In the challenge test, the B1 treatment group (100 percent) exhibited a significantly higher survival rate than the non-Bacillus treatment group (64.3 percent) at 60 h. In a previous study, VcAHPND was highly pathogenic to shrimp, similar to , VcAHPND, and the cumulative mortality in shrimp was as high as 100 percent within two days of VcAHPND laboratory infection. In this study, two Bacillus strains (B1 and B3) displayed prominent antimicrobial effects within two to three days (48 to 60 hours) of VcAHPND infection compared with the findings in the positive control group (VcAHPND immersion without B1 and B3 treatment); thus, both strains are expected to emerge as alternatives to antibiotics for controlling VcAHPND.
Moreover, based on results among the live shrimp collected on the day of experiment termination, the two Bacillus strains identified in this study exhibited antimicrobial activity against pathogenic VcAHPND. Additionally, the histopathology of the hepatopancreas was examined after exposure to Bacillus spp. for 14 days in our preliminary study. The structure of the hepatopancreas was found to be similar between the Bacillus treatment groups and the control group (not exposed to Vc, VcAHPND and Bacillus), indicating that Bacillus strains are harmless to shrimp.
The two strains (B1 and B3), which showed antimicrobial activity using the dot-spot test (in vitro) and challenge test, were finally classified as B. velezensis based on their whole genome-based phylogeny. Several studies have examined the probiotic effects of B. velezensis in various organisms. Other studies described the antibacterial activity of B. velezensis against V. parahaemolyticus isolated from shrimp and V. anguillarum isolated from sea bass. These results suggest that the newly isolated B1 and B3 strains will have additional advantageous characteristics in terms of their potential use in the aquaculture industry.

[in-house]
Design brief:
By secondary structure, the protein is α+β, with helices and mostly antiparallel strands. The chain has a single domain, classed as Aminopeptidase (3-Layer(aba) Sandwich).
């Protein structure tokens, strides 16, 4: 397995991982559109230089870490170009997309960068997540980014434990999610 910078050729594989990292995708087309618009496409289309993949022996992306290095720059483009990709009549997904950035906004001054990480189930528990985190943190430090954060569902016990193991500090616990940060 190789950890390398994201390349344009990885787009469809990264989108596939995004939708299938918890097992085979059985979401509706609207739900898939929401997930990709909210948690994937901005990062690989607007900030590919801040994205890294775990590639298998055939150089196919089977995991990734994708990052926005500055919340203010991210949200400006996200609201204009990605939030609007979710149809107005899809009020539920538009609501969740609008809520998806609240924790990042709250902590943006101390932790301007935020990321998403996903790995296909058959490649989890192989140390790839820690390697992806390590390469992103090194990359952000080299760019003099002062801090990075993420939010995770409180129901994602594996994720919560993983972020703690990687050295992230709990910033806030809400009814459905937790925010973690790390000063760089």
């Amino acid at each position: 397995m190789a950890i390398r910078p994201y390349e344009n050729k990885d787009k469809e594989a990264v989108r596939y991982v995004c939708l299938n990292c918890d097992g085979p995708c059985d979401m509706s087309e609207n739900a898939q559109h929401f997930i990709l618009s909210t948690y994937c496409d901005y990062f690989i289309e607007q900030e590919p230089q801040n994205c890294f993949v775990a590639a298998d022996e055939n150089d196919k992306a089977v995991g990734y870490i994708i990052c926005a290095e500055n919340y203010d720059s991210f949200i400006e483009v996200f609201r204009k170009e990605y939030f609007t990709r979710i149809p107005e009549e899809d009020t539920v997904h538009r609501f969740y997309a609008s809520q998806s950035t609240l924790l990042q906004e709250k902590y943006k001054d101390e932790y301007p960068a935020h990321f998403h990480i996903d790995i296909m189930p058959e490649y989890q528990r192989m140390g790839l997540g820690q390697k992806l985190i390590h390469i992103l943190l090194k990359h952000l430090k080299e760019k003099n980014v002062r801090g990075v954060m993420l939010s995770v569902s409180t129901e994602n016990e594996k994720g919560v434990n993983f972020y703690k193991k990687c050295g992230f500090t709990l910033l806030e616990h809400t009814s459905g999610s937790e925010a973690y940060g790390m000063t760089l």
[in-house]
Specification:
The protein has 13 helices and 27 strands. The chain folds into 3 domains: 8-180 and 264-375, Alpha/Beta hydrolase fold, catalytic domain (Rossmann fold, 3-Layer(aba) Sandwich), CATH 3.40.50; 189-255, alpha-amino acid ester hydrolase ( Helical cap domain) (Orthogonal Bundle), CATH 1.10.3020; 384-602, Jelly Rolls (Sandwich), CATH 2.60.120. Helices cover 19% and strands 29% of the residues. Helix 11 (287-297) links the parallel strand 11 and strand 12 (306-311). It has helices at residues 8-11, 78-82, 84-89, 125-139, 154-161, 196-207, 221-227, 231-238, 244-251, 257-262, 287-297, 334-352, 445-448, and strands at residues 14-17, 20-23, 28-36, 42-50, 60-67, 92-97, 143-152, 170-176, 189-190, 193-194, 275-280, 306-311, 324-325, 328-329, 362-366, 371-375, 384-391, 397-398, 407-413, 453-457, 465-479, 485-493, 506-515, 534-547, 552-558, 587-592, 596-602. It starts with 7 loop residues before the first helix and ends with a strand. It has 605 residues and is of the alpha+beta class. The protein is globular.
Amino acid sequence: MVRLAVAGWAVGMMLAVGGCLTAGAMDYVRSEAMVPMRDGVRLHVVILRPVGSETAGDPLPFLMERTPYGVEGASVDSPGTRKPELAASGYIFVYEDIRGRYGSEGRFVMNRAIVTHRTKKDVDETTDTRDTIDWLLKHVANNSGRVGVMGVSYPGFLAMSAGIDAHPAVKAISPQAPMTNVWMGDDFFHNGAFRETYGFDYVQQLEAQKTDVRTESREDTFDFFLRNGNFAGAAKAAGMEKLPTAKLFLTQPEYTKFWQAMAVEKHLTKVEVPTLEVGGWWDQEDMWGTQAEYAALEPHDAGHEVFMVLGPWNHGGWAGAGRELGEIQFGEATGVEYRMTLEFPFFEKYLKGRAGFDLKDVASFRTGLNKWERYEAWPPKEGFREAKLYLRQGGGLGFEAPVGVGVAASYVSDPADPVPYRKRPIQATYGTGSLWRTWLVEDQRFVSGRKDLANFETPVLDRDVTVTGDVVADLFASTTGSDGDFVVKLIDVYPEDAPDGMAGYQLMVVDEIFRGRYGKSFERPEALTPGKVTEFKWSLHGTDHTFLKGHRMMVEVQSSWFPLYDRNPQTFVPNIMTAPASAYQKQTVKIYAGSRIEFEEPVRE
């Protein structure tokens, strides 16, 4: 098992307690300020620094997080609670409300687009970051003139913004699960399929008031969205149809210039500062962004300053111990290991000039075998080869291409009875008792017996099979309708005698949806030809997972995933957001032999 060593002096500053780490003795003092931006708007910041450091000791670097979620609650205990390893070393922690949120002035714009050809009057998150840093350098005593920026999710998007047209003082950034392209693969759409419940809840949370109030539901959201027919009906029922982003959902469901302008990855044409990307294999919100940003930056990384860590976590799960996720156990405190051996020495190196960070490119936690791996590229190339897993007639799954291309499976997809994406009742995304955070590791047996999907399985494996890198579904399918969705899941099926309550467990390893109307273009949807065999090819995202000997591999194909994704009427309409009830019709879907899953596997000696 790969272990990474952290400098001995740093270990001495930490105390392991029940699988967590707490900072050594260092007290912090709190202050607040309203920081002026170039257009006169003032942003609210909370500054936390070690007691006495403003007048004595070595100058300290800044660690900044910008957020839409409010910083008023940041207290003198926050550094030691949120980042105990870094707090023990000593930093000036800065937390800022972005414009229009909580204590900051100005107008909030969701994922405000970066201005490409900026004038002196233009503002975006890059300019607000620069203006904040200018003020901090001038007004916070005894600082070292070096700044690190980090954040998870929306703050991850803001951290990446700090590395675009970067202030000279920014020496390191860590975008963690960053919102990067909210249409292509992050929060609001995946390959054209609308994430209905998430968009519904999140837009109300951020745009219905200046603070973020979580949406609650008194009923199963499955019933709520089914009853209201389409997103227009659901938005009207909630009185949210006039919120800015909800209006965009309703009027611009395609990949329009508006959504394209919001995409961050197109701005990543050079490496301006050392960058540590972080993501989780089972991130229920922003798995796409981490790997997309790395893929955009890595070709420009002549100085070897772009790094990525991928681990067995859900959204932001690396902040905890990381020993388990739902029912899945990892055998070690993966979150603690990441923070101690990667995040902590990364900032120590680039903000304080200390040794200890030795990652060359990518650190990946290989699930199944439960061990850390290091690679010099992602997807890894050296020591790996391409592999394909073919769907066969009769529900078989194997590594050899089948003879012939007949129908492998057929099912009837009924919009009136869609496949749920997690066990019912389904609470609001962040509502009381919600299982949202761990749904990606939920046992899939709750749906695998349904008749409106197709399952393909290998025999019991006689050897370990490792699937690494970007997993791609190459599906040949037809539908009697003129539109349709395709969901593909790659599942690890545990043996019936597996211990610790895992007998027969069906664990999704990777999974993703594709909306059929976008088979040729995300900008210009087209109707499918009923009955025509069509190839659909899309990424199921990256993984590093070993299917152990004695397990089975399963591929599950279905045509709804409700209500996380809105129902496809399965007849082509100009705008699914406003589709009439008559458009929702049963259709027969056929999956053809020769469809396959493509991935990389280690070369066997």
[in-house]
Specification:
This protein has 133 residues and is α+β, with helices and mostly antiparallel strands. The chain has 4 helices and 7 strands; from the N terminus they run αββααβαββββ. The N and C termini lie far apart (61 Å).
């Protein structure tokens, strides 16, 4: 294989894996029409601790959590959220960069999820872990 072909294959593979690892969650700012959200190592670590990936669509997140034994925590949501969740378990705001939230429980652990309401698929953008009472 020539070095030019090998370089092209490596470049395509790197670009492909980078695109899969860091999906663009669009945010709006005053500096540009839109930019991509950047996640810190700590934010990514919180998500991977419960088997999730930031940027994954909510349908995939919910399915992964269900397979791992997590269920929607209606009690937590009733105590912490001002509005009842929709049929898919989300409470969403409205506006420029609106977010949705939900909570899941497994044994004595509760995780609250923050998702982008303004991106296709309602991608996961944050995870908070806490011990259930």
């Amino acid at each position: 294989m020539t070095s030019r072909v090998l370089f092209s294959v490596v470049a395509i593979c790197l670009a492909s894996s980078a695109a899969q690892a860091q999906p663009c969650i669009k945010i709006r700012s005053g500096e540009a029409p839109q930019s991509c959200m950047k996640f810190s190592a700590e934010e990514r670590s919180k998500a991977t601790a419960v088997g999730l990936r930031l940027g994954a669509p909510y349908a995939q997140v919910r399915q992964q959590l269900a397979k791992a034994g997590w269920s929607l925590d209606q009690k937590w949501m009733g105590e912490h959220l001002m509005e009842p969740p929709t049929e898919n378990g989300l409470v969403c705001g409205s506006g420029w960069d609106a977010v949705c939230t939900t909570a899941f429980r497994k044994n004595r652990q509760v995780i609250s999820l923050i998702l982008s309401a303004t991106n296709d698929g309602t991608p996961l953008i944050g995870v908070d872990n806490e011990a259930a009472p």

Based on our study results, further studies are warranted regarding the predicted presence of surfactin [a surfactant and powerful antibiotic] in the isolates because of its relatively low similarity with previously reported compounds. Moreover, the potential presence of other compounds that have been associated with the antifungal activity of some Bacillus strains may contribute to the potential usability of the Bacillus strains identified in this study.
Overall, our study results showed that two Bacillus strains isolated from seawater in Korea have antimicrobial activity against Vibrio strains in shrimp using dot-spot and challenge tests, and secondary metabolites derived from the B1 and B3 strains were more numerous than those previously reported for Bacillus spp., indicating that both strains can be used as potential candidates for the management of Vibriosis and AHPND, including VcAHPND, in shrimp aquaculture.
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Dr. Jae Hak Park
Department of Laboratory Animal Medicine, College of Veterinary Medicine and Research Institute for Veterinary Science, Seoul National University, Seoul 08826, Korea